Tuesday, August 3, 2010

What's good for AwesomeCloud isn't universal

I think this is a hard lesson to learn: what works for Sally doesn't necessarily work for Sam.

You'd think that a parent with a special needs child would understand this more easily, even if the special needs in question are nothing special. One parenting style doesn't fit all. In fact, sometimes you can observe how the child dictates the parenting style.

We had a big cookout last weekend, and among the people we invited were some old friends of my husband's and their two kids, ages 4 years and 3 months. My first thought, upon observing them interacting with the 4-year-old boy, was, "OMG! They're so strict with that poor kid! He must be so unhappy!"

What my first thought should have been was, "OMG! If I were that strict with AwesomeCloud, he'd be so unhappy!"

This other little boy, however, has some special needs. I don't know what they are exactly, but maybe his parents have to keep a tight rein on him as a result. Maybe what looks to me like excessive control is really much-needed structure. He's not a very happy, giggly child, but maybe it's not his parents' strictness that causes him to be like that.

Cloud is very, very different. He's free and happy by nature, and that kind of structure would be oppressive to him. He's not out of control at all. He doesn't dart into the road the moment you let go of his hand. He doesn't trash the living room in 5 seconds flat. He spills water all over the floor and tucks teabags into his toys, but when it comes to matters of consequence - life, death, or bodily harm - he spoils me by being so good.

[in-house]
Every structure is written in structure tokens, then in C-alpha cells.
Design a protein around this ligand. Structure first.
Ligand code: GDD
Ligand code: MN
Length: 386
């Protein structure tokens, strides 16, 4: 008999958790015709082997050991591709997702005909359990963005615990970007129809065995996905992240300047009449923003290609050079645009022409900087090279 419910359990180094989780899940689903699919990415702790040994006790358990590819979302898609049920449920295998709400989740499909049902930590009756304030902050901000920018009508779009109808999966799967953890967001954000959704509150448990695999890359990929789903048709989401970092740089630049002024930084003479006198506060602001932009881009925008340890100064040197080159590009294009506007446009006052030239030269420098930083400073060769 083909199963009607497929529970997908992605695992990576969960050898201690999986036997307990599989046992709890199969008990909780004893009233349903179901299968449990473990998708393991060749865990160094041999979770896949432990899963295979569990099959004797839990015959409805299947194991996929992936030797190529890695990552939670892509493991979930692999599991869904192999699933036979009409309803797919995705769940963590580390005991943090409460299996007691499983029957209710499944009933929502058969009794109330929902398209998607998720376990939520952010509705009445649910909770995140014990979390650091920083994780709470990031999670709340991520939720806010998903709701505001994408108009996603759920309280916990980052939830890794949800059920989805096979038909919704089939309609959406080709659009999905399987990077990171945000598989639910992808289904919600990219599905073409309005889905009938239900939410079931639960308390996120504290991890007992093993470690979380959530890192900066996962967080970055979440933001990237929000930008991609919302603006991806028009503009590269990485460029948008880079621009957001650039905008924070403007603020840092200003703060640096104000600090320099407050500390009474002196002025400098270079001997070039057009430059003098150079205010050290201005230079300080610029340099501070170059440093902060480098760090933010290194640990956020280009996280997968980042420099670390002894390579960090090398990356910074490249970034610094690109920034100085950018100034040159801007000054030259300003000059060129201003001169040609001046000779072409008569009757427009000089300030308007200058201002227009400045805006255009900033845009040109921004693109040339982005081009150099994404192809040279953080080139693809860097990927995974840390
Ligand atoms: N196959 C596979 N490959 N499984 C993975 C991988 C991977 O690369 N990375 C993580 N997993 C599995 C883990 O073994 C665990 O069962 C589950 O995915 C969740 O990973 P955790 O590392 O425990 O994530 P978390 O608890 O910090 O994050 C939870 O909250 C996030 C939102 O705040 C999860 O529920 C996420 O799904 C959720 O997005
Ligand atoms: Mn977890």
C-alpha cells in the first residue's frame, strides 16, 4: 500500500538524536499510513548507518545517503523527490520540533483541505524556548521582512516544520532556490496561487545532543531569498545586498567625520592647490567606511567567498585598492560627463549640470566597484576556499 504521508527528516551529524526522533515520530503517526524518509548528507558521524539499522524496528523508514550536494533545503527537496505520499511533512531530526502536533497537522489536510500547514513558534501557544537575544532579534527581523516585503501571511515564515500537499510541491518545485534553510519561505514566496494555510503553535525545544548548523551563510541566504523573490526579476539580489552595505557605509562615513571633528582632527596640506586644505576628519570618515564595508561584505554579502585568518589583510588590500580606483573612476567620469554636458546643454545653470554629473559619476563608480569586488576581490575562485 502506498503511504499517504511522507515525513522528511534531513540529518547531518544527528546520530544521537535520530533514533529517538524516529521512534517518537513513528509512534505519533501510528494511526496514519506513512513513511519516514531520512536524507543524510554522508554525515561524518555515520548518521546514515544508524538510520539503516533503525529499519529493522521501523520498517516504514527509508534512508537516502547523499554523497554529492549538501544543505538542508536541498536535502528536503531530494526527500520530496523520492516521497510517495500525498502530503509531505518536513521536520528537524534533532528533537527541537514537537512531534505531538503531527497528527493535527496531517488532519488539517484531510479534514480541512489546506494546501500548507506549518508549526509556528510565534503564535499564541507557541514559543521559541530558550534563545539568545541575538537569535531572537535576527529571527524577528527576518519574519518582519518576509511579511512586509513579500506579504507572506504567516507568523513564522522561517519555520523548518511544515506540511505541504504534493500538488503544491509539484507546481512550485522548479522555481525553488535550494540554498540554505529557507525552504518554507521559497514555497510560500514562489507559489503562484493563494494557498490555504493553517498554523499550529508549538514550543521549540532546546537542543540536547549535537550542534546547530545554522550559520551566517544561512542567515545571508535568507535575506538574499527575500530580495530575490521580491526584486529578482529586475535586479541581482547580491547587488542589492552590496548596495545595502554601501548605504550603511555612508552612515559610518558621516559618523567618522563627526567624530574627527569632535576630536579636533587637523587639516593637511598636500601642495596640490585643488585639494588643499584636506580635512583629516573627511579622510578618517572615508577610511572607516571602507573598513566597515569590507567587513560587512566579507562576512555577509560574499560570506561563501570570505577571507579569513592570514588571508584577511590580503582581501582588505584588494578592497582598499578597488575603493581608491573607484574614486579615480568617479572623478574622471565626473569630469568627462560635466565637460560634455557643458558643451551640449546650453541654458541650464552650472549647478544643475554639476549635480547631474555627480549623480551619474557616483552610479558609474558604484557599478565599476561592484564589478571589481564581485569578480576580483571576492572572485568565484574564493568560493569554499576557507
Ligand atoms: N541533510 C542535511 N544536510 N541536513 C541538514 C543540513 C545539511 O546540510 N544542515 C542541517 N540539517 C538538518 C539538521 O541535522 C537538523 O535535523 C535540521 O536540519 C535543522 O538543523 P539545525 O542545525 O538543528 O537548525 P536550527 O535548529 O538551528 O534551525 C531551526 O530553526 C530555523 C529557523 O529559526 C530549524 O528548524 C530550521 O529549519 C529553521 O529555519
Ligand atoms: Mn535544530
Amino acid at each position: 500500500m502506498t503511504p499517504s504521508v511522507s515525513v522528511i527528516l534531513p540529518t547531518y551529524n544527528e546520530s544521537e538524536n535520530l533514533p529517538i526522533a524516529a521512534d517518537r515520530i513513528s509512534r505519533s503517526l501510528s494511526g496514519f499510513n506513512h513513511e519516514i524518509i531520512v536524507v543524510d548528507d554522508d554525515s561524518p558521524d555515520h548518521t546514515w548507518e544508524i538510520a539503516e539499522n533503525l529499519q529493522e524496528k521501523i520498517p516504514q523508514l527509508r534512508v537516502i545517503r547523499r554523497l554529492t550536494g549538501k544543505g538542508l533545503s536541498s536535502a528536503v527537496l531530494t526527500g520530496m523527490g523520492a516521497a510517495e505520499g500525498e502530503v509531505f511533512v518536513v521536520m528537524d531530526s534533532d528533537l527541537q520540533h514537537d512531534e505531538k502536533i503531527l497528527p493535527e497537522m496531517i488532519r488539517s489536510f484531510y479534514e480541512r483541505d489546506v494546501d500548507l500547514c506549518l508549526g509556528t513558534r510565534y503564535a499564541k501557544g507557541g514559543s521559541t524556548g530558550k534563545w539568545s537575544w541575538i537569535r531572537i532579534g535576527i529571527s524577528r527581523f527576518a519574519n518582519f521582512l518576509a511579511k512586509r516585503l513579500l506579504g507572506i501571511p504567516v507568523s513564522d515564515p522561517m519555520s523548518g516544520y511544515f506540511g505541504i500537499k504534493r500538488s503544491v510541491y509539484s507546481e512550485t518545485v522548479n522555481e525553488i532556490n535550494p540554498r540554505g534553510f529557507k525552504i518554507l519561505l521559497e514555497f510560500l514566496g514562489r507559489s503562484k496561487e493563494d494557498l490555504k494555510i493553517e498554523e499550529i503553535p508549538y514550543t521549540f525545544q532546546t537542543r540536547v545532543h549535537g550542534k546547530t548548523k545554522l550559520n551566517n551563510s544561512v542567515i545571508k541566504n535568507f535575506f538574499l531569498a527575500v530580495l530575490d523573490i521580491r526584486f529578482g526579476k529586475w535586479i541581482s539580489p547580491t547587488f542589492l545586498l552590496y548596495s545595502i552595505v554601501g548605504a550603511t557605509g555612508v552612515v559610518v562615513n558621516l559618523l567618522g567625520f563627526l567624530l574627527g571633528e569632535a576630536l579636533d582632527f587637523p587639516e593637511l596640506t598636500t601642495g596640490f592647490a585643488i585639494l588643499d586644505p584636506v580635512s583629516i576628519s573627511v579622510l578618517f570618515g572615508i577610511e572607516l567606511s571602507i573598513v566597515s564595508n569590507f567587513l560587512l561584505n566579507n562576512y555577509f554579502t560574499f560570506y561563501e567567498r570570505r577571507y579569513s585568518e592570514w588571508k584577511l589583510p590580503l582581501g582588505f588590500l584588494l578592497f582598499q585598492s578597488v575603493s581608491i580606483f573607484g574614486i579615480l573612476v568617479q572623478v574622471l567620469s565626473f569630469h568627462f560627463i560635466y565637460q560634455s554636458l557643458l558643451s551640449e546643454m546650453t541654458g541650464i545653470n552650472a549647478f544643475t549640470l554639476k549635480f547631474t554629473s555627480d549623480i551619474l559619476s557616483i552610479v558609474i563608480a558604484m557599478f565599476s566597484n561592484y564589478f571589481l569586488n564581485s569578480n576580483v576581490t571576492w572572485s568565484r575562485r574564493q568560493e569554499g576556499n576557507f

And giggly. To take away his giggle would be a tragedy. In fact, my parenting style has become all about the laughter. Me! Imagine! I've never been known for my ability to party hearty and yukk it up, but here I am, filling my son's days with laughter! Why? Well, he started it. I just followed his example.

I'd always pictured myself as the cranky mama sprawled out on the couch with a cup of tea and a book, or a laptop, largely ignoring the kids and occasionally scolding them over my shoulder. Maybe I can still do that when Cloud is older, and maybe without so much scolding. He already lets me talk on the phone, sometimes, so maybe someday he'll let me read a book.

This other little boy did go around begging for some positive attention. I'm afraid people thought I was putting him off because he was annoying me. That wasn't it. I'm just bad at positive attention. I'm bad at understanding kids who ask for it, and I'm bad at giving it when asked. I can't read this kid's signals at all. Maybe his special needs are to blame, but he's an alien to me, so I didn't give him a compliment even when he begged me for it. I feel bad now. His parents scolded him, telling him to stop annoying everyone. That makes me feel bad, too.

It's a family trait. My inability to respond to a kid wanting a compliment... I learned that from my family. I feel bad, but it's a very hard trait to overcome.

AwesomeCloud just laughs, and everyone laughs too and loves him. I feel so lucky, but I feel so bad.

And then there were the friends who had their daughter well trained to ask Mom and Dad before she did, touched, or ate anything. That's an admirable accomplishment, but not something that will ever happen in our household. Can you imagine AwesomeCloud hanging on my arm, asking, "Mom, can I have juice? Mom, can I go to the bathroom? Mom, can I play?" I grow queasy just thinking about it.

"I don't care!" I'd eventually say. "Make up your own mind and just do it!"

Just as long as you never stop laughing.


  1. Thank you for this. I am a very strict momma, but it's really because it is what the Tongginator needs. I mean, I would probably have been strict anyway, but for sure not THIS strict. Her special needs and personality make it so that I have to be uber strict with her. My greatest fear? Is that our next child will sob piteously if I just look at her sternly... and that I won't be able to downshift fast enough between the two of them.

  2. Likewise, I'm afraid of what might happen if my next child doesn't laugh, or needs strict structure and supervision. I don't want to stop laughing along with my son. I'd hate for him to gain the label "the fun one" or "the easy one" because whatever label his sibling ends up with will sound negative in comparison.